If you really liked lemons then I would say it created desire and anticipation, but if you don't then it's just visualisation...which does has its place in copy but only as a carrier for the emotion itself.

      Dependent on why you're using the particular narrative you could create the emotions of...

      Anger: The glass was punched out of your hand.
      Fear: There's a 50% chance it's a very rare species of toxic lemon.
      Disgust: Maggots came out of the lemon along with the juice.
      Surprise: The juice tasted of blackcurrant
      Joy: It was a kind deed by someone who is important to you.
      Shame: You swore on your childs life never to drink lemonade again.

      The purpose of emotion in copy is to achieve access to the emotional part of the brain (which makes all decisions) and bypass the critical factor. Once your copy is on that route you can attach your call to action to the convoy and away it goes, ready to influence without being analysed.
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  • Profile picture of the author Jomuli3
    Emotions are strong feelings. Fear, greed,vanity, lust, pride, envy, anxiety,anger and love are some of the useful emotions. Emotions can be classified as simple, complex and pure.

    The emotion targeted in the example above is --- relaxation (complex emotion)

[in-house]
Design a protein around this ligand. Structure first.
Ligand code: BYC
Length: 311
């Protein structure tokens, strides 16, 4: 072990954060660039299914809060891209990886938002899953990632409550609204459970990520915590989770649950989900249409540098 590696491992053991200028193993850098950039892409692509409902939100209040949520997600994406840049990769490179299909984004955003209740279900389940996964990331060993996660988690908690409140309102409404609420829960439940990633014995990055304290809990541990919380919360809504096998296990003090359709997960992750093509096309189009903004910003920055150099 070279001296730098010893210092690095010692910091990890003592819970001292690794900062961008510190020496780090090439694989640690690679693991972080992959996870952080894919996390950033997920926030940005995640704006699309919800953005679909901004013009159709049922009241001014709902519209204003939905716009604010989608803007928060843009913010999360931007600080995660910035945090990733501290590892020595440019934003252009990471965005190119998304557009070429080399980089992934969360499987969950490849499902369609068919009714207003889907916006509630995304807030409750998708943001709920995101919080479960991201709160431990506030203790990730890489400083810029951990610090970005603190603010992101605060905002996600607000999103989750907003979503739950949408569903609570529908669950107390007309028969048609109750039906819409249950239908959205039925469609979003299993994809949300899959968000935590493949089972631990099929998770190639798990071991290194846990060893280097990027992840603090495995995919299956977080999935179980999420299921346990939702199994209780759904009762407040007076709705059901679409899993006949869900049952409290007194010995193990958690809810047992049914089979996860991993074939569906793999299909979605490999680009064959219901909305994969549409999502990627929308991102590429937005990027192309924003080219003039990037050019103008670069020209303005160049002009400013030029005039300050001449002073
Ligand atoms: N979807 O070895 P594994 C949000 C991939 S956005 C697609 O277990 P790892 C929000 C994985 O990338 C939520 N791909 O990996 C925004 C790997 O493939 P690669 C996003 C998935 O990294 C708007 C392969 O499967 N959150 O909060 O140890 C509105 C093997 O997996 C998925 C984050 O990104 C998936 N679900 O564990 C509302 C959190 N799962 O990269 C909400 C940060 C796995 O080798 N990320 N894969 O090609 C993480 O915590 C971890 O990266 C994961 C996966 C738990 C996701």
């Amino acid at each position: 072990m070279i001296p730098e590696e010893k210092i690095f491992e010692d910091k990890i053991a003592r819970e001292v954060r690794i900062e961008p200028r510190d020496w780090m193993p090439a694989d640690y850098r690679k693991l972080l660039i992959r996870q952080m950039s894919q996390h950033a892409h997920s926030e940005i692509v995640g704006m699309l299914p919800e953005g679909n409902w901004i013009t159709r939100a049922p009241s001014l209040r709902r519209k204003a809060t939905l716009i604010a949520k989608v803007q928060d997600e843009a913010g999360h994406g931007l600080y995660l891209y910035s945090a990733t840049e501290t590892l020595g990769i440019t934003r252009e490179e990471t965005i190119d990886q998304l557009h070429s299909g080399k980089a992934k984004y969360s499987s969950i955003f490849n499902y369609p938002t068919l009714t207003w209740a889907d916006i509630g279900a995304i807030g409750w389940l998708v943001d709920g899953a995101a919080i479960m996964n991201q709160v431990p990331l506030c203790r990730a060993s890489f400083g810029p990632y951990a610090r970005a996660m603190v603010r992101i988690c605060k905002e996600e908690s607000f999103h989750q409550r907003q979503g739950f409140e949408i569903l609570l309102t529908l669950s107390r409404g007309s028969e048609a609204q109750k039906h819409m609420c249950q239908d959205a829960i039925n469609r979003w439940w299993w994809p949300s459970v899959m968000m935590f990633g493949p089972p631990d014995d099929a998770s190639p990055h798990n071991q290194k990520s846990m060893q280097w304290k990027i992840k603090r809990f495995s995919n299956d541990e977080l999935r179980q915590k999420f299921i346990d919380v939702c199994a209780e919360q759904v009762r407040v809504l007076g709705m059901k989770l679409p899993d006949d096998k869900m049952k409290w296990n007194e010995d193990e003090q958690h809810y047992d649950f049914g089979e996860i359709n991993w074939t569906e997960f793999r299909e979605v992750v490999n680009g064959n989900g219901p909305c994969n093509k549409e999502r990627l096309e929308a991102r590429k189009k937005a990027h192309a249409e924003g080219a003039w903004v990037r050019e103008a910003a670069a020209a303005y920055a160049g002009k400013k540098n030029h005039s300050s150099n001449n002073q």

When you paint a picture of someone relaxing by the river side over a lemonade drink you are creating a strong feeling/emotion associated with relaxation.

    The list of emotions is too long to write. The most important thing to note is that what you are writing about evokes a strong feeling.
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  • Profile picture of the author Mark Pescetti
    I'm curious...

    What controls exercise a "relaxing visual" to stimulate the buy, buy, buy emotions?

    Mark
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    • Profile picture of the author Andrew Gould
      Originally Posted by Mark Pescetti View Post

      What controls exercise a "relaxing visual" to stimulate the buy, buy, buy emotions?
      The closest I can think of is International Living:

      Retire Overseas

      Admittedly it only uses the "relaxing visual" as a hook, but it's been working for decades.
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  • Profile picture of the author Ross Bowring
    Lemons... yuck!

    Too sour!

    I've always loved that International Living copy.

    --- Ross
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  • Profile picture of the author BrianMcLeod
    I first learned this lemon slice visualization technique through the Jose Silva method many, many years ago as a tool to control/focus your own mental imaging.

    I won't waste our time attempting to rewrite the whole thing - many of you are probably already familiar, but the short version goes like this: